Greatest element
In mathematics, especially in order theory, the greatest element of a subset S of a partially ordered set is an element of S which is greater than or equal to any other element of S. The term least element is defined dually...

• Maximal elements and minimal elements
Maximal element
In mathematics, especially in order theory, a maximal element of a subset S of some partially ordered set is an element of S that is not smaller than any other element in S. The term minimal element is defined dually...

• Least upper bounds (suprema, v) and greatest lower bounds (infima, ^)
• Upper sets and lower sets
Upper set
In mathematics, an upper set of a partially ordered set is a subset U with the property that x is in U and x≤y imply y is in U....

• Ideals
Ideal (order theory)
In mathematical order theory, an ideal is a special subset of a partially ordered set . Although this term historically was derived from the notion of a ring ideal of abstract algebra, it has subsequently been generalized to a different notion...

and filters
Filter (mathematics)
In mathematics, a filter is a special subset of a partially ordered set. A frequently used special case is the situation that the ordered set under consideration is just the power set of some set, ordered by set inclusion. Filters appear in order and lattice theory, but can also be found in...

• Closure operator
Closure operator
In mathematics, a closure operator on a set S is a function cl: P → P from the power set of S to itself which satisfies the following conditions for all sets X,Y ⊆ S....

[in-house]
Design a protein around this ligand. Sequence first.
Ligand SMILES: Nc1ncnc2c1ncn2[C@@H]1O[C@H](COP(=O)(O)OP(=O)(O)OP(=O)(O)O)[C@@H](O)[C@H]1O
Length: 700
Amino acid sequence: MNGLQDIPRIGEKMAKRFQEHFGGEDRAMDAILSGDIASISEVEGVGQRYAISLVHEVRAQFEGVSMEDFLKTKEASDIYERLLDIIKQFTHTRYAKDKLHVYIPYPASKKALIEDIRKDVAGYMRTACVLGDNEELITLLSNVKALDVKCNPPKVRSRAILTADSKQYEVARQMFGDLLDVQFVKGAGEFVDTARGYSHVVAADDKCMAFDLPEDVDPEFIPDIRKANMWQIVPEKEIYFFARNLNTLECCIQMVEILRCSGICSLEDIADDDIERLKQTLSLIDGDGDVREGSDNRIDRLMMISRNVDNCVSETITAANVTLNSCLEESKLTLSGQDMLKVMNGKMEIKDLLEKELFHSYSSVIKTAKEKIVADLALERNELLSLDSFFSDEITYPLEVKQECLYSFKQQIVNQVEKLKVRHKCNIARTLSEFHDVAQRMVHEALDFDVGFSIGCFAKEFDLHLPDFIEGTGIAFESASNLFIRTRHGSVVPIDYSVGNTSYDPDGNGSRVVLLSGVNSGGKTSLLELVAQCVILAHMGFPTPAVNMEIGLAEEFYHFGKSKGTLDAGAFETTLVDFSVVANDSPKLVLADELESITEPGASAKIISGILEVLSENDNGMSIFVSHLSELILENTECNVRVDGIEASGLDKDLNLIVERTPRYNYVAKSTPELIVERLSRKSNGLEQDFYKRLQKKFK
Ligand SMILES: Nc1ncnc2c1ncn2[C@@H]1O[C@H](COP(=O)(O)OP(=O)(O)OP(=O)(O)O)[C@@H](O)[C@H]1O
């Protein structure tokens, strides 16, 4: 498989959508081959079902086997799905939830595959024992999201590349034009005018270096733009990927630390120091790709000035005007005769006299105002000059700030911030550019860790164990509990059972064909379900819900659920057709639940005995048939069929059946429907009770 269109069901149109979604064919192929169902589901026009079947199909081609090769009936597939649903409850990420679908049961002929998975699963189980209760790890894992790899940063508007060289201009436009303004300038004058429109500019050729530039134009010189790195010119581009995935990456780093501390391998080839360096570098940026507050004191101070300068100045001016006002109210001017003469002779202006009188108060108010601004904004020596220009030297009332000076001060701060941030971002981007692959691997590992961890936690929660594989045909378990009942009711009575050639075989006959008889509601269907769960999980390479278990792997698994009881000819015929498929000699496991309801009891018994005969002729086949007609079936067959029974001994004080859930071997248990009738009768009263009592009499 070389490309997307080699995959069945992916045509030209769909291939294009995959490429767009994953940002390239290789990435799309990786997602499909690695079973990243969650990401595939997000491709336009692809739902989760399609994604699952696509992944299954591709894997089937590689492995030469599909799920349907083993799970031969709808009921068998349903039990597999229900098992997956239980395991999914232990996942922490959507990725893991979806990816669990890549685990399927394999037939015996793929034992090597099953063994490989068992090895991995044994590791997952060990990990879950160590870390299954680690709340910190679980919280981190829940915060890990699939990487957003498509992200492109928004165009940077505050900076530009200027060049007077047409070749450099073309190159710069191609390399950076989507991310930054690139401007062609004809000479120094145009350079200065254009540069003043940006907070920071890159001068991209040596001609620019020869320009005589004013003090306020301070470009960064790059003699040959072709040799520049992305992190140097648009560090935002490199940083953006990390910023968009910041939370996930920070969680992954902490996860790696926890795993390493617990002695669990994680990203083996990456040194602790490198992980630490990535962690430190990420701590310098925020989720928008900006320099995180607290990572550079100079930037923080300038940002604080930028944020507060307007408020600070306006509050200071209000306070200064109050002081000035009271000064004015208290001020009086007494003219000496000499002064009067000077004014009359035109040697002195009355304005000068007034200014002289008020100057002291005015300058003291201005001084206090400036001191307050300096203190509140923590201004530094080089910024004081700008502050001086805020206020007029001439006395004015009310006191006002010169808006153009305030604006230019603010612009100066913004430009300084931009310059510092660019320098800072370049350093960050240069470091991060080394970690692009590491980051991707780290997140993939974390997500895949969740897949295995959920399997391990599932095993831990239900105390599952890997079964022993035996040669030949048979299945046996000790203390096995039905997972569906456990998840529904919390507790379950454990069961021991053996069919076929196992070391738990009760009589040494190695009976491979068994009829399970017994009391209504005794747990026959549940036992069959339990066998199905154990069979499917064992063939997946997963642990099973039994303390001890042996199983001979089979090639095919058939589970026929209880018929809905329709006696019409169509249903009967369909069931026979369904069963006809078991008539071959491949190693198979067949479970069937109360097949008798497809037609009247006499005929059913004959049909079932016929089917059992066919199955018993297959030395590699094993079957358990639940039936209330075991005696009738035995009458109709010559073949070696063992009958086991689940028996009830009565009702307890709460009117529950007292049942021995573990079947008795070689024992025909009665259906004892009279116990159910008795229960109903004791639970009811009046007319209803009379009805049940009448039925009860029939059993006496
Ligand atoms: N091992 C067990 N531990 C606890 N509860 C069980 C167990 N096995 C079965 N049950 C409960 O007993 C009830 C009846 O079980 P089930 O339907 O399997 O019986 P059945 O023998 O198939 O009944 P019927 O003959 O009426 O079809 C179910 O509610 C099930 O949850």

s and kernel operators.

Examples of notions which are self-dual include:
• Being a (complete) lattice
Lattice (order)
In mathematics, a lattice is a partially ordered set in which any two elements have a unique supremum and an infimum . Lattices can also be characterized as algebraic structures satisfying certain axiomatic identities...

• Monotonicity
Monotonic function
In mathematics, a monotonic function is a function that preserves the given order. This concept first arose in calculus, and was later generalized to the more abstract setting of order theory....

of functions
• Distributivity of lattices, i.e. the lattices for which x ^ (y v z) = (x ^ y) v (x ^ z) holds are exactly those for which the dual statement x v (y ^ z) = (x v y) ^ (x v z) holds
• Being a Boolean algebra
• Being an order isomorphism
Order isomorphism
In the mathematical field of order theory an order isomorphism is a special kind of monotone function that constitutes a suitable notion of isomorphism for partially ordered sets . Whenever two posets are order isomorphic, they can be considered to be "essentially the same" in the sense that one of...

.

Since partial orders are antisymmetric
Antisymmetric
The word antisymmetric refers to a change to an opposite quantity when another quantity is symmetrically changed. This concept is related to that of Symmetry and Asymmetry. The difference between these three concepts can be simply illustrated with Latin letters. The character "A" is symmetric about...

, the only ones that are self-dual are the equivalence relations.